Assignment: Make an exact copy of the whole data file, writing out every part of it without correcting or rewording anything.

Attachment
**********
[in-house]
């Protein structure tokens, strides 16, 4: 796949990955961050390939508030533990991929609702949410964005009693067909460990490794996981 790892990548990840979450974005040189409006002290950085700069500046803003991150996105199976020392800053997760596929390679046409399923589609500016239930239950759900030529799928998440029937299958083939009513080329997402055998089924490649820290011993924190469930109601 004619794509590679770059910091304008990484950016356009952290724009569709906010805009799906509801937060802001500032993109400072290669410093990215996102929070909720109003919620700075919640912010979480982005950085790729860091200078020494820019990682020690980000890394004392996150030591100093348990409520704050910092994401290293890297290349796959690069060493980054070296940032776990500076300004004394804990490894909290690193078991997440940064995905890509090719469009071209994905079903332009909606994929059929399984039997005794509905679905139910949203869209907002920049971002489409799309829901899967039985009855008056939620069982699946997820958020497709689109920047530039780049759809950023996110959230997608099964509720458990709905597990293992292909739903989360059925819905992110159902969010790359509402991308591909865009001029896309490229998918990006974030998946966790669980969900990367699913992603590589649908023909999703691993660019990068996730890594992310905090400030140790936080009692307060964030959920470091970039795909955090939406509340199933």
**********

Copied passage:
[in-house]
């Protein structure tokens, strides 16, 4: 796949990955961050390939508030533990991929609702949410964005009693067909460990490794996981 790892990548990840979450974005040189409006002290950085700069500046803003991150996105199976020392800053997760596929390679046409399923589609500016239930239950759900030529799928998440029937299958083939009513080329997402055998089924490649820290011993924190469930109601 004619794509590679770059910091304008990484950016356009952290724009569709906010805009799906509801937060802001500032993109400072290669410093990215996102929070909720109003919620700075919640912010979480982005950085790729860091200078020494820019990682020690980000890394004392996150030591100093348990409520704050910092994401290293890297290349796959690069060493980054070296940032776990500076300004004394804990490894909290690193078991997440940064995905890509090719469009071209994905079903332009909606994929059929399984039997005794509905679905139910949203869209907002920049971002489409799309829901899967039985009855008056939620069982699946997820958020497709689109920047530039780049759809950023996110959230997608099964509720458990709905597990293992292909739903989360059925819905992110159902969010790359509402991308591909865009001029896309490229998918990006974030998946966790669980969900990367699913992603590589649908023909999703691993660019990068996730890594992310905090400030140790936080009692307060964030959920470091970039795909955090939406509340199933």